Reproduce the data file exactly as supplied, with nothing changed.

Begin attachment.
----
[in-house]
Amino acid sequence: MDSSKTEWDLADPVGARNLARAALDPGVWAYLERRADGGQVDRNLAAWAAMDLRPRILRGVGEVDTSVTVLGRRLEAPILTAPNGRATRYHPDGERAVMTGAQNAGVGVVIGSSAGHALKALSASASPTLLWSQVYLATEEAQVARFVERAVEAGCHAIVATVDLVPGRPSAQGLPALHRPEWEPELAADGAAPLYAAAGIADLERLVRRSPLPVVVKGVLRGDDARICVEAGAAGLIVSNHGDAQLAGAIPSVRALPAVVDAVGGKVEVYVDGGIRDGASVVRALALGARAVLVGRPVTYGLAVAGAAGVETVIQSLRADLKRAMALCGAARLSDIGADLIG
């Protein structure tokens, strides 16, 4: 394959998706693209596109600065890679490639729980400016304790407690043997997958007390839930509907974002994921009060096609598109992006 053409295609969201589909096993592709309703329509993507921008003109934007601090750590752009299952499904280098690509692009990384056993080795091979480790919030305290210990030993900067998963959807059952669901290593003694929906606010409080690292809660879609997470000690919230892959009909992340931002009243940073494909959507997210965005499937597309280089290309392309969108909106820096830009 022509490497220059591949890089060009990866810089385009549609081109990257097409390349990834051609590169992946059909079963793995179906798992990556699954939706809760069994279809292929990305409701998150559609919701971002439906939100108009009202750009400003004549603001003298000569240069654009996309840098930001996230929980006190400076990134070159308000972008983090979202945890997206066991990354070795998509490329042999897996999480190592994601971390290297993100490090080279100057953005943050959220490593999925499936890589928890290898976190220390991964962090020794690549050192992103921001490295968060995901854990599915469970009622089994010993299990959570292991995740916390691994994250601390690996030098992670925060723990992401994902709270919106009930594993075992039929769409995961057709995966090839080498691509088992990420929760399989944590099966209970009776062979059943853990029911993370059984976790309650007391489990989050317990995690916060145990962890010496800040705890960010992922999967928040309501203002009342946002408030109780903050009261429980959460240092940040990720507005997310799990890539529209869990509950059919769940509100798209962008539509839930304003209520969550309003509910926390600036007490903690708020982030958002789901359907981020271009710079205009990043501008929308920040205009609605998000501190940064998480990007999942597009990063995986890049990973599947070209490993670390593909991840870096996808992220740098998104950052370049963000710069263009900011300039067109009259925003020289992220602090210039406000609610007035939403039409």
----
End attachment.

[in-house]
Amino acid sequence: MDSSKTEWDLADPVGARNLARAALDPGVWAYLERRADGGQVDRNLAAWAAMDLRPRILRGVGEVDTSVTVLGRRLEAPILTAPNGRATRYHPDGERAVMTGAQNAGVGVVIGSSAGHALKALSASASPTLLWSQVYLATEEAQVARFVERAVEAGCHAIVATVDLVPGRPSAQGLPALHRPEWEPELAADGAAPLYAAAGIADLERLVRRSPLPVVVKGVLRGDDARICVEAGAAGLIVSNHGDAQLAGAIPSVRALPAVVDAVGGKVEVYVDGGIRDGASVVRALALGARAVLVGRPVTYGLAVAGAAGVETVIQSLRADLKRAMALCGAARLSDIGADLIG
């Protein structure tokens, strides 16, 4: 394959998706693209596109600065890679490639729980400016304790407690043997997958007390839930509907974002994921009060096609598109992006 053409295609969201589909096993592709309703329509993507921008003109934007601090750590752009299952499904280098690509692009990384056993080795091979480790919030305290210990030993900067998963959807059952669901290593003694929906606010409080690292809660879609997470000690919230892959009909992340931002009243940073494909959507997210965005499937597309280089290309392309969108909106820096830009 022509490497220059591949890089060009990866810089385009549609081109990257097409390349990834051609590169992946059909079963793995179906798992990556699954939706809760069994279809292929990305409701998150559609919701971002439906939100108009009202750009400003004549603001003298000569240069654009996309840098930001996230929980006190400076990134070159308000972008983090979202945890997206066991990354070795998509490329042999897996999480190592994601971390290297993100490090080279100057953005943050959220490593999925499936890589928890290898976190220390991964962090020794690549050192992103921001490295968060995901854990599915469970009622089994010993299990959570292991995740916390691994994250601390690996030098992670925060723990992401994902709270919106009930594993075992039929769409995961057709995966090839080498691509088992990420929760399989944590099966209970009776062979059943853990029911993370059984976790309650007391489990989050317990995690916060145990962890010496800040705890960010992922999967928040309501203002009342946002408030109780903050009261429980959460240092940040990720507005997310799990890539529209869990509950059919769940509100798209962008539509839930304003209520969550309003509910926390600036007490903690708020982030958002789901359907981020271009710079205009990043501008929308920040205009609605998000501190940064998480990007999942597009990063995986890049990973599947070209490993670390593909991840870096996808992220740098998104950052370049963000710069263009900011300039067109009259925003020289992220602090210039406000609610007035939403039409």